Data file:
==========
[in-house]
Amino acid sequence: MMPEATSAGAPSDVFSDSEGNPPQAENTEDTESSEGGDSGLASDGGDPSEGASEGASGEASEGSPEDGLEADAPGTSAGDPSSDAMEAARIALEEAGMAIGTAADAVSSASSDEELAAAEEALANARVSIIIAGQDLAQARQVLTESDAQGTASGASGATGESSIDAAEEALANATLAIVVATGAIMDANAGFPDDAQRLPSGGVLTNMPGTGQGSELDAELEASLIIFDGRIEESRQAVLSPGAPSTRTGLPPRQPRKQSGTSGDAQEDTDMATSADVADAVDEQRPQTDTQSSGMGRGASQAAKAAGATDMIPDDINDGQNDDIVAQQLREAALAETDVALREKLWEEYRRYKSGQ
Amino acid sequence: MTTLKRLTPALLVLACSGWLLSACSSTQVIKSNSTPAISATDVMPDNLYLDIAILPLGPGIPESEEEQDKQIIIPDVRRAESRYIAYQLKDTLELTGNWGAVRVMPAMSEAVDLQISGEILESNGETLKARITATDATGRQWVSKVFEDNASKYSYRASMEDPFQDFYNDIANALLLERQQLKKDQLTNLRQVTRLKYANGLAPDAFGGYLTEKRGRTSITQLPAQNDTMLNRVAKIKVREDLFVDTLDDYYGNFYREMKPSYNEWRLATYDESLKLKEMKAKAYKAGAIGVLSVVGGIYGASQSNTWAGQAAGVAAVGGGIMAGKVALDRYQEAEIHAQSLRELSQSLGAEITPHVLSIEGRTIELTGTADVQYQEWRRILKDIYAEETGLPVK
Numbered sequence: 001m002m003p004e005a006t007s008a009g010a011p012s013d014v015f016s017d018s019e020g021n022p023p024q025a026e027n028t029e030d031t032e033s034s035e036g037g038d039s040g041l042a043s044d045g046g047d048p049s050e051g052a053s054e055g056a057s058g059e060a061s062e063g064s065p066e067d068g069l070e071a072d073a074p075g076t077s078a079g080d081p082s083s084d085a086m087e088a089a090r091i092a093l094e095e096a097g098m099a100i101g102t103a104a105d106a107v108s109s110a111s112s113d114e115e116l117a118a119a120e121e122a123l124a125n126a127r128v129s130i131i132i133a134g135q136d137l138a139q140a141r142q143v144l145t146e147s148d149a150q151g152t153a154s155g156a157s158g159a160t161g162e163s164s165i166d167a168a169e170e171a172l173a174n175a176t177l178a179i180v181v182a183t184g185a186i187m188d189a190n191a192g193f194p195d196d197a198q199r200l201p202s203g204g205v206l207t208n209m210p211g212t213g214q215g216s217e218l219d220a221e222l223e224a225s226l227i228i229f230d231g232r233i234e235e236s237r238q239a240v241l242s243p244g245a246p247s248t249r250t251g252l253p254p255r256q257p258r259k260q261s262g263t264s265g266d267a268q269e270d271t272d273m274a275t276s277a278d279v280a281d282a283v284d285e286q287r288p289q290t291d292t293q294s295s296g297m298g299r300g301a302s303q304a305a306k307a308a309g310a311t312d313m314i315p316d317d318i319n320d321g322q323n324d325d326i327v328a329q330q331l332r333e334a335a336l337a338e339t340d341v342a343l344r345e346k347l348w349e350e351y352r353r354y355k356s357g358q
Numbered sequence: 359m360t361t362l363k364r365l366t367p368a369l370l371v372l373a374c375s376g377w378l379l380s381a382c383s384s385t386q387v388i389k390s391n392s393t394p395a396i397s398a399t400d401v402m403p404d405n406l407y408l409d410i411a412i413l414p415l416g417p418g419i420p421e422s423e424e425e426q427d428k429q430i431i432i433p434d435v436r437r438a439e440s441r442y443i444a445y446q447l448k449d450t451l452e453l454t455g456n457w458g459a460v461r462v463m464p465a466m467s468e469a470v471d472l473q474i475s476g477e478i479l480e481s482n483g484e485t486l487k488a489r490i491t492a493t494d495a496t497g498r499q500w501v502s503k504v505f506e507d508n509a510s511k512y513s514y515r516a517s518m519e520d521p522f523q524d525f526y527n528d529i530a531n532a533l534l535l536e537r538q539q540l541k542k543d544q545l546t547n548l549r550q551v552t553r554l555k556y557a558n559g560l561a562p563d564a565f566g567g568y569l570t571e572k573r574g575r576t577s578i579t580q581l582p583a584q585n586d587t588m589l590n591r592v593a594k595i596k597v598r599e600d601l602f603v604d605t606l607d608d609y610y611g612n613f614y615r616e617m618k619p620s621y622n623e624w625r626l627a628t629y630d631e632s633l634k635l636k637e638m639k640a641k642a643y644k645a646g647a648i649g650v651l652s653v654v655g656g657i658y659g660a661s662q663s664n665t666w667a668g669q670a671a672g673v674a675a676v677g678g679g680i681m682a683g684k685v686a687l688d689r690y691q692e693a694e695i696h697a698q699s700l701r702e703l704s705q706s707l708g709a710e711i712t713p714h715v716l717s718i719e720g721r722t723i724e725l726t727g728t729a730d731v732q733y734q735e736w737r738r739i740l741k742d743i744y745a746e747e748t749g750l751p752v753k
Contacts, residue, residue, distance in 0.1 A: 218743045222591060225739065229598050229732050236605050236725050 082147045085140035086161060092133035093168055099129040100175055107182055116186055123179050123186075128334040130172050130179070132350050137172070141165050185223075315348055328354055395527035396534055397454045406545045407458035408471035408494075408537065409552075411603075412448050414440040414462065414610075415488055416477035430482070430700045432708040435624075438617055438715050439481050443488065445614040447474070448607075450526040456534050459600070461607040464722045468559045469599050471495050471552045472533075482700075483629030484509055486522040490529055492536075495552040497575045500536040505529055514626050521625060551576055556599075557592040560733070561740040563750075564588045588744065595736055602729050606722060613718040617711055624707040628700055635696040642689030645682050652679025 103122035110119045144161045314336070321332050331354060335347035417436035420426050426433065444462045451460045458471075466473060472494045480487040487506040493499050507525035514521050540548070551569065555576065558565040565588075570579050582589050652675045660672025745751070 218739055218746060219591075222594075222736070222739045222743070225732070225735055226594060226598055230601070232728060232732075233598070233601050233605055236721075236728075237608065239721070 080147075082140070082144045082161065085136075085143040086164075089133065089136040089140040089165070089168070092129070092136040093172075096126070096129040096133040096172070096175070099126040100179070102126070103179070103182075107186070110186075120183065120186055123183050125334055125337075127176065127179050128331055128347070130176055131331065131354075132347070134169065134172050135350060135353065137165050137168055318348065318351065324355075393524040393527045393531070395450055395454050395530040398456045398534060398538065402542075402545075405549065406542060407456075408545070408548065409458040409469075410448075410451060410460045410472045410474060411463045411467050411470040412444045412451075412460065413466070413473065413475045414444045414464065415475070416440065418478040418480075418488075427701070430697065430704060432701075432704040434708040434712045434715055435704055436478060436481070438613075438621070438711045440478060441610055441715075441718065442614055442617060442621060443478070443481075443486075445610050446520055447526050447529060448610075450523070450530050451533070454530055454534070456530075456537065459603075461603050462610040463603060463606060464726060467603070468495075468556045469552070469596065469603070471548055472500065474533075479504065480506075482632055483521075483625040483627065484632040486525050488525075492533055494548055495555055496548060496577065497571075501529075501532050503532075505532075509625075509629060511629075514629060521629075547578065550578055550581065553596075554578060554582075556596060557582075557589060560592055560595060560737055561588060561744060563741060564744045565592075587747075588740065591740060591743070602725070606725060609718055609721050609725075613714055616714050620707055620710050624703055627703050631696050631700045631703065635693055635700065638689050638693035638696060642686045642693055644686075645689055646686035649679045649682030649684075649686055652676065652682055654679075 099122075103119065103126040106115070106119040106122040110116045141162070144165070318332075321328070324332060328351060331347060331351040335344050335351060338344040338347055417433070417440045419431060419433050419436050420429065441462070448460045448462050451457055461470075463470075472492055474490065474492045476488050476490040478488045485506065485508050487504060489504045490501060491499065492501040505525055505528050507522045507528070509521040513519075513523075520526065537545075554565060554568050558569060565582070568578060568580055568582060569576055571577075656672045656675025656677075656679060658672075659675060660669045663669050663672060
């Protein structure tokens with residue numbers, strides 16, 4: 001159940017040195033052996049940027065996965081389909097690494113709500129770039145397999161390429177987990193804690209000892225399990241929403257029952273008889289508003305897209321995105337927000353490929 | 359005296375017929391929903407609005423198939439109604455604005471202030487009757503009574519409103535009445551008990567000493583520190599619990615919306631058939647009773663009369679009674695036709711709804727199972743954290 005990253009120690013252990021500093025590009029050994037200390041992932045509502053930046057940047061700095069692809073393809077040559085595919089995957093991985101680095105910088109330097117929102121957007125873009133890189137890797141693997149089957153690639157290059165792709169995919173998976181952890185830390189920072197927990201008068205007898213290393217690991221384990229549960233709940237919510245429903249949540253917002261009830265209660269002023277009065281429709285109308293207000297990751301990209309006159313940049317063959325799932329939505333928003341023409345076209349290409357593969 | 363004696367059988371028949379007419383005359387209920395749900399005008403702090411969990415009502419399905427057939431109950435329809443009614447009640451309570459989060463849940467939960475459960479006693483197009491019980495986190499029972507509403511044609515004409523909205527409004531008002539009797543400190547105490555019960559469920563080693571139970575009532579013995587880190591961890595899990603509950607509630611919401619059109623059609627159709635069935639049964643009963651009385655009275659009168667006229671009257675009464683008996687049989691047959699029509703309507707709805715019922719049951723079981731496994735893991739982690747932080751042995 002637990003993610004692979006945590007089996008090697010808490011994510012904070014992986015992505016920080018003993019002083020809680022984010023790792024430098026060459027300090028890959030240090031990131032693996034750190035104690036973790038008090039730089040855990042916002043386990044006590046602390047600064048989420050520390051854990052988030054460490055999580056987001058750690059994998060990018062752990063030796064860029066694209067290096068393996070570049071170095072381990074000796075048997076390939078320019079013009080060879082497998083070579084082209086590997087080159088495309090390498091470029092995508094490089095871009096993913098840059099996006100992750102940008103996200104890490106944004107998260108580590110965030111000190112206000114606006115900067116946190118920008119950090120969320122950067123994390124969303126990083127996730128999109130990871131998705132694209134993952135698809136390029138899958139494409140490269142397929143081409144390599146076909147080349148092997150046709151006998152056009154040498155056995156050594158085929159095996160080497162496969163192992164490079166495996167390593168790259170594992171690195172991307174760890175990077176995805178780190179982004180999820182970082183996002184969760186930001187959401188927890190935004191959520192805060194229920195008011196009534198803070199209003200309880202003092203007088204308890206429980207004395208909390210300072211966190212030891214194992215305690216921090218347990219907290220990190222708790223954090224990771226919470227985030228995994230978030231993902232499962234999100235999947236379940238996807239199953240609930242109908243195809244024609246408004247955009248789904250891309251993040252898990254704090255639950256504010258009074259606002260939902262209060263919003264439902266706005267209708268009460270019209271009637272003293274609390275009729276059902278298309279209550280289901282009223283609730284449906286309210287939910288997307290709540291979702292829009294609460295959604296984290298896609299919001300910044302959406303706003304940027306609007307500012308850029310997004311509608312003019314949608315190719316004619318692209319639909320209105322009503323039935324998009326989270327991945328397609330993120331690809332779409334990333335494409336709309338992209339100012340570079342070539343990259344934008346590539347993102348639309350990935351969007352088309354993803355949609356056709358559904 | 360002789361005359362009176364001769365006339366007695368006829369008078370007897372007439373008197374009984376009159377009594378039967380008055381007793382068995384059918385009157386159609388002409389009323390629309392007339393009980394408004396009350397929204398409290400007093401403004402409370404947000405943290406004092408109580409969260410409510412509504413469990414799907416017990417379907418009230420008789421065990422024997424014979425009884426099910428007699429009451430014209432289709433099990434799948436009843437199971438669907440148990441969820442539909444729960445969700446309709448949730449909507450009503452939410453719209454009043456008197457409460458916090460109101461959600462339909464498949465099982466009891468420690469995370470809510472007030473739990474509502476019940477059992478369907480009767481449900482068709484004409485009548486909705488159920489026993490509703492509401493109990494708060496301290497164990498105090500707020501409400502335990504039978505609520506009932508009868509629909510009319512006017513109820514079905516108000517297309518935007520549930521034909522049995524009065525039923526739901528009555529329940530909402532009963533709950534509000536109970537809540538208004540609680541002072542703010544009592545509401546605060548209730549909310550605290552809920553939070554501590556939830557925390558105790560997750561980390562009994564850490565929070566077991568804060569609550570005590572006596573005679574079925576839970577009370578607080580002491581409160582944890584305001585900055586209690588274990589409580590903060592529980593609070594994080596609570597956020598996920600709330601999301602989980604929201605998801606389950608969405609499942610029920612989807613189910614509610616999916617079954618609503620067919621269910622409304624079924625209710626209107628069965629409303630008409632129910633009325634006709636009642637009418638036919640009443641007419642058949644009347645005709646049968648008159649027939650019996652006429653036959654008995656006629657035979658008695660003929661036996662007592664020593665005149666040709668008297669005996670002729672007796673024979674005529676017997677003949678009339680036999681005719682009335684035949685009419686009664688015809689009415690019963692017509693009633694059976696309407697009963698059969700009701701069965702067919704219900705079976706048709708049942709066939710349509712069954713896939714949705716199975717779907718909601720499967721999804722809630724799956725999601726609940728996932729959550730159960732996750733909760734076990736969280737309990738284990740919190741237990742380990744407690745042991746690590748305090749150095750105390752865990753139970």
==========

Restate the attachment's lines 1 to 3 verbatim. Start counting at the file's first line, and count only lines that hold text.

[in-house]
Amino acid sequence: MMPEATSAGAPSDVFSDSEGNPPQAENTEDTESSEGGDSGLASDGGDPSEGASEGASGEASEGSPEDGLEADAPGTSAGDPSSDAMEAARIALEEAGMAIGTAADAVSSASSDEELAAAEEALANARVSIIIAGQDLAQARQVLTESDAQGTASGASGATGESSIDAAEEALANATLAIVVATGAIMDANAGFPDDAQRLPSGGVLTNMPGTGQGSELDAELEASLIIFDGRIEESRQAVLSPGAPSTRTGLPPRQPRKQSGTSGDAQEDTDMATSADVADAVDEQRPQTDTQSSGMGRGASQAAKAAGATDMIPDDINDGQNDDIVAQQLREAALAETDVALREKLWEEYRRYKSGQ
Amino acid sequence: MTTLKRLTPALLVLACSGWLLSACSSTQVIKSNSTPAISATDVMPDNLYLDIAILPLGPGIPESEEEQDKQIIIPDVRRAESRYIAYQLKDTLELTGNWGAVRVMPAMSEAVDLQISGEILESNGETLKARITATDATGRQWVSKVFEDNASKYSYRASMEDPFQDFYNDIANALLLERQQLKKDQLTNLRQVTRLKYANGLAPDAFGGYLTEKRGRTSITQLPAQNDTMLNRVAKIKVREDLFVDTLDDYYGNFYREMKPSYNEWRLATYDESLKLKEMKAKAYKAGAIGVLSVVGGIYGASQSNTWAGQAAGVAAVGGGIMAGKVALDRYQEAEIHAQSLRELSQSLGAEITPHVLSIEGRTIELTGTADVQYQEWRRILKDIYAEETGLPVK